At the end of Stage 4, you have the opportunity to undertake a period of elective study, exploring a topic of particular interest to you in depth. This can be anywhere in the world and is a great opportunity to experience dentistry in another country.
Teaching and assessment
Teaching is by a combination of:
- lectures and seminars
- laboratory demonstrations (including closed-circuit TV)
- practical laboratory work
- clinical demonstrations
You'll be assessed through a combination of:
Assignments – written or fieldwork
Examinations – practical or online
Skills and experience
Clinical dental practice
Time in clinical practice increases as you progress through the course.
In Stage 1, you'll observe simple procedures such as fillings and root treatments, and see patients in the Dental Hospital while shadowing a senior student.
In Stage 3 you'll start managing your own patients under close supervision.
In stages 4 and 5 you'll be exposed to advanced treatment techniques including dental implants and intravenous sedation. By the end of Stage 4, you'll be spending approximately half of your time on patient care.
You'll gain experience in a full range of dental procedures, with clinics run by specialists in:
- oral and maxillofacial surgery
- oral medicine
- paediatric dentistry
- restorative dentistry
An integrated course on Professionalism and Personal and Professional Development runs through all stages of this course.
Facilities and environment
Based within Newcastle Dental Hospital, The School of Dental Sciences at Newcastle is one of the most modern and best equipped in the country. By training in one of the largest integrated teaching and hospital complexes in the country you'll gain a true insight into your future profession.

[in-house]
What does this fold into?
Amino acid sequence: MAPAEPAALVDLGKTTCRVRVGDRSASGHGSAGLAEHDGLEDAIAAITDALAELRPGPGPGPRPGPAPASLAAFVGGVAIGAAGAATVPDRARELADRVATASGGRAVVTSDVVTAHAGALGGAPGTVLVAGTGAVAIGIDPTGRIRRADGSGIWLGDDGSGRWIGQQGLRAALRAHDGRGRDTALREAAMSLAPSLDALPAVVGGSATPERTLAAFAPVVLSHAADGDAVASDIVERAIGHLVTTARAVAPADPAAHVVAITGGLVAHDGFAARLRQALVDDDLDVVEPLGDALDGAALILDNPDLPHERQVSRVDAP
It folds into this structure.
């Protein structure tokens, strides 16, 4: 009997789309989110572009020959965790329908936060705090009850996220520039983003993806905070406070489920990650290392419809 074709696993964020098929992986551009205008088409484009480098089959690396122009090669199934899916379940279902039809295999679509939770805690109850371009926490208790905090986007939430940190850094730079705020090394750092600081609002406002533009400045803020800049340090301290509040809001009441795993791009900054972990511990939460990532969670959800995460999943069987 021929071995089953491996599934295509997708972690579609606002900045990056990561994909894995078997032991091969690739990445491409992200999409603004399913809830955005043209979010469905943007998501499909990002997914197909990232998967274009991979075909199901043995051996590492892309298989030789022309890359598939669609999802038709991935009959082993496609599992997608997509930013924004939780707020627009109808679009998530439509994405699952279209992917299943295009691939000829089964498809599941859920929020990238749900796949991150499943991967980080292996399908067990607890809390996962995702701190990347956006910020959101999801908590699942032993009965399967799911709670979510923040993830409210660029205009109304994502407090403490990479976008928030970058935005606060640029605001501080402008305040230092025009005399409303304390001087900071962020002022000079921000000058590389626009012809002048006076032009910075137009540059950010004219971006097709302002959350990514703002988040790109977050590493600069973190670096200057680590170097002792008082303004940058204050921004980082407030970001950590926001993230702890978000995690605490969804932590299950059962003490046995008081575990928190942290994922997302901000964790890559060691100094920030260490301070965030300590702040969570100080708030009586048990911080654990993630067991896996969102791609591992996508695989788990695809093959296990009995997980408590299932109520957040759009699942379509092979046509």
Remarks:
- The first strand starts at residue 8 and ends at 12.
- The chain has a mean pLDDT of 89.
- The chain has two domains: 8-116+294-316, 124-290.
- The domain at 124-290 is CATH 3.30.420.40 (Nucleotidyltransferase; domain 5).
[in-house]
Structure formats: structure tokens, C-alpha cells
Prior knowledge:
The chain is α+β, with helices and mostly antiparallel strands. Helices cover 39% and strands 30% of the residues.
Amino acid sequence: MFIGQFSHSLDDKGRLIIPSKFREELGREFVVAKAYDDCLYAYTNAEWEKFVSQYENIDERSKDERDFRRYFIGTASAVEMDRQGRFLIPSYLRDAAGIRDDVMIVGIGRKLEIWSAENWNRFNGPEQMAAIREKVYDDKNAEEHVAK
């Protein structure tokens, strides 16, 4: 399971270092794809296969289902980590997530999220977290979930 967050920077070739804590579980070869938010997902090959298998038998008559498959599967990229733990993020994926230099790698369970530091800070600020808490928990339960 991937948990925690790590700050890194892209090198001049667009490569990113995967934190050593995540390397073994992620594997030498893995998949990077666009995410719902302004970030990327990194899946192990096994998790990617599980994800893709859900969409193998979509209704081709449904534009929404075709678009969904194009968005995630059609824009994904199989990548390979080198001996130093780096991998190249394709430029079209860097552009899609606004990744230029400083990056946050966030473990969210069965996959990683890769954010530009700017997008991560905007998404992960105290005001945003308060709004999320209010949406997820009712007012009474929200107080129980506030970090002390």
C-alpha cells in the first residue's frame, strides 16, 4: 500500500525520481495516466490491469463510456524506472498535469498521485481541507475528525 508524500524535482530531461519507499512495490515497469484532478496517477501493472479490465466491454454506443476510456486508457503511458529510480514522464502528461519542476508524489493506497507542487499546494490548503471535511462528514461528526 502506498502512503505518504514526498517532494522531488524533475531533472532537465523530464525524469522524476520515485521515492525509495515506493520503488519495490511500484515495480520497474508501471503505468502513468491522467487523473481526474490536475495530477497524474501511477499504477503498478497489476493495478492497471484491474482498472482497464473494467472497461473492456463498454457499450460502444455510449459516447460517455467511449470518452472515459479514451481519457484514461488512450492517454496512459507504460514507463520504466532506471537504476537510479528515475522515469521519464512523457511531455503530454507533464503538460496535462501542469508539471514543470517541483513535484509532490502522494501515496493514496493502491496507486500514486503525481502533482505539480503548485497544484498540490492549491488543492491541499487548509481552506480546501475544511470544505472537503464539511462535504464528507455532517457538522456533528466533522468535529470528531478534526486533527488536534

Our School is part of the Faculty of Medical Sciences, which is also home to Medicine, Biomedical Sciences, Psychology and Pharmacy, encouraging inter-professional collaboration.
Clinical training facilities
You'll access cutting-edge clinical training facilities, comprising of a:
- conservation clinic
- cell and molecular biosciences laboratory
- children's clinic
- clinical skills unit
- Fell Cluster
- dental learning resource unit
Within the School there are a range of research laboratories, undertaking work in:
- oral biology
- dental materials science
We also have a dedicated clinical research facility. We can offer clinical training and research opportunities of the highest international standard.
Find out about our laboratories and research facility at the Centre for Oral Health Research.
We also foster strong collaboration with research institutes in the Medical School and University.
Take a virtual tour of our dental teaching and learning facilities.
You'll have the support of an academic member of staff as a personal tutor throughout your degree to help with academic and personal issues.
Peer mentors will help you in your first year. They are fellow students who can help you settle in and answer any questions you have, when starting university.
£32,050 is the national foundation dentist salary. 100% of graduates from our Bachelor of Dental Surgery programme were employed or in further study within six months of graduating*.